In most situations, the market is king. You can disrespect information about it, or think you can manipulate it, but it is very hard if not impossible to do those things. Despite this fact, people try to manipulate market price. The Hunt brothers tried to corner silver, Philippines and Sri Lanka tried to corner the market for desiccated coconuts and an investor tried to do so for cocoa recently. It does work in the short run. It is not difficult to manipulate commodity prices in the short run if you have the money to do so. A quick profit. But in the long run such efforts are generally in vain. Exceptions probably do exist, maybe gold, tin, diamonds and oil can be looked at. In nearly all cases, the market expresses itself in the end.
 
 
More data does exist today than ever before. Some countries collect production and trade data more rigorously than others but for the main commodities the information is out there. You have to be careful in gathering it, some of it is terrible. Entire series on production of a commodity in a particular country can turn out to be a typing error. There are many under the illusion that there is adequate data in the form of trade maps from ITC, but this is very much an illusion. No private enterprise would be happy with that standard of data.
 
 
The data does exist in the private sector. Multinational corporations like Nestle or Unilever do know a hell of a lot. They can afford to collect and interpret data even if the data they are interested is narrowly defined. It leads to an unequal relationship in that developing countries do not collect that level of information. There is no match. The multinationals are in a different league altogether.
 
 
Commodities are offered for sale but not marketed
 
 
The traditional pattern was that ships called in at ports where local exporters laid out their commodities for sale by the dockside, these were inspected, the buyers generally pointed out that the goods were not first grade, that the market had collapsed and that they could not offer what they paid last time. But, as a favour, because they were dear friends, they could take the produce off their hands, just this once. Whereupon, the sellers went to those they had bought from and relayed the comments and the wholesalers went back to the farmers and offered a lower payment. The farmers have to pay the bill and have no control over the situation. It is not a matter of price information, it would not help the farmer to know what the final retail prices are. That is a waste of time.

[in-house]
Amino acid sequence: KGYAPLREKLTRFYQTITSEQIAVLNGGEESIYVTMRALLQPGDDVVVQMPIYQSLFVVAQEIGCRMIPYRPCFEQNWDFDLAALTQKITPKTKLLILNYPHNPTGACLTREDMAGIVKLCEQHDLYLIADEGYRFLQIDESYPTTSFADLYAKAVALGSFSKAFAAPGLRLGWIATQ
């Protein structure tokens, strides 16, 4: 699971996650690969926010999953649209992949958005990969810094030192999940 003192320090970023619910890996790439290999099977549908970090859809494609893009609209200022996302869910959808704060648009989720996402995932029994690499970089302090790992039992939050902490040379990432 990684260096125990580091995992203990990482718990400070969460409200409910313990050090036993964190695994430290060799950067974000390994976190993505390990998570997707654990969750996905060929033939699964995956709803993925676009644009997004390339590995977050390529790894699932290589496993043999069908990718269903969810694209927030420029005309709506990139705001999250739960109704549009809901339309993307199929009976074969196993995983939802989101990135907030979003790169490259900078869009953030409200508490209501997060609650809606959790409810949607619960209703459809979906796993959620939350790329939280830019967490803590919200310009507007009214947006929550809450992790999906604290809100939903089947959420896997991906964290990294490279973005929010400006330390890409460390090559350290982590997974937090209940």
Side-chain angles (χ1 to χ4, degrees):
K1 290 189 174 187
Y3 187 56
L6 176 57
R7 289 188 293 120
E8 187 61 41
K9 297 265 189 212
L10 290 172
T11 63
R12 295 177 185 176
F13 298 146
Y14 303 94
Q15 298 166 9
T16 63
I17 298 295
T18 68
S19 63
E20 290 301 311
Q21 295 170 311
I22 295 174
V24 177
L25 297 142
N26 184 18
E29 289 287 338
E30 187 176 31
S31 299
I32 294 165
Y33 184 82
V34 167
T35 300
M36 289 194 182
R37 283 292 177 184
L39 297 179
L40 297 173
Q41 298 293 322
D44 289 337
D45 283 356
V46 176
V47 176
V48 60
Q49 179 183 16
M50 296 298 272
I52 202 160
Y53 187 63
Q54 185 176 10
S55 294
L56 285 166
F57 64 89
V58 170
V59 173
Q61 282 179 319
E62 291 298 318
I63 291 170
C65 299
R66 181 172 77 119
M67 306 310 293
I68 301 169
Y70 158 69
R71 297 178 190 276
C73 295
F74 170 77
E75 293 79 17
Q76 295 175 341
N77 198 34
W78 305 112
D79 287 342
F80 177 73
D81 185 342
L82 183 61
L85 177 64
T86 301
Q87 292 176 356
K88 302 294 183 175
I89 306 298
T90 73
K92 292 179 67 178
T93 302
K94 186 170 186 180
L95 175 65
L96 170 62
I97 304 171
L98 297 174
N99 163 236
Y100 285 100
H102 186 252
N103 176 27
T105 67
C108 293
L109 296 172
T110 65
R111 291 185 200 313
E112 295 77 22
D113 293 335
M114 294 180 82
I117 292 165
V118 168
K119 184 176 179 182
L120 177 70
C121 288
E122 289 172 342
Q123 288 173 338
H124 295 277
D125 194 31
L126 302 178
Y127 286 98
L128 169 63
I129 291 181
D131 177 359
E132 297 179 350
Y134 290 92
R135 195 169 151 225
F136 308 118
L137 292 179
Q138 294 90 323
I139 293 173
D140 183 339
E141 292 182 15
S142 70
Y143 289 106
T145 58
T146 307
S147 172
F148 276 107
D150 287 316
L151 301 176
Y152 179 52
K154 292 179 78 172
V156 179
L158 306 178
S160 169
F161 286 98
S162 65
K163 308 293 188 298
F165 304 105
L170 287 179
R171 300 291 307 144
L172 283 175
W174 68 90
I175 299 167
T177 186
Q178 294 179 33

The only prices that concern farmers are the different ones under offer at locations and times that the farmer can access. All other price information is of academic or long term concern.
 
Farmers are price takers. By nature of definition, as commodities, what is being sold is indistinguishable from that from any other source. The farmers are usually indebted to those who have leant them money or inputs and have no option but to sell to either their creditors or to the first offer made. It is not a level playing field.
 
Those further down the value chain can today corner the entire warehouse supply of cocoa beans and with rumours of crop failures raise prices for a quick substantial profit. Other traders find that hedging against currency movements is so profitable that trade in commodities becomes peripheral.
 
The worst thing is that the attitude selling commodities inculcates is a dependent mentaility. It is a position of being a suppllicant. Farmers can think of nothing but offering for sale. The price is something they can not dream of worrying about. It matters little if it is a local or international price. The price differentia between farm gate and retail is often 20:1 and sometimes as high as 40:1. The value chain is long, crowded and inefficient for commodities in general.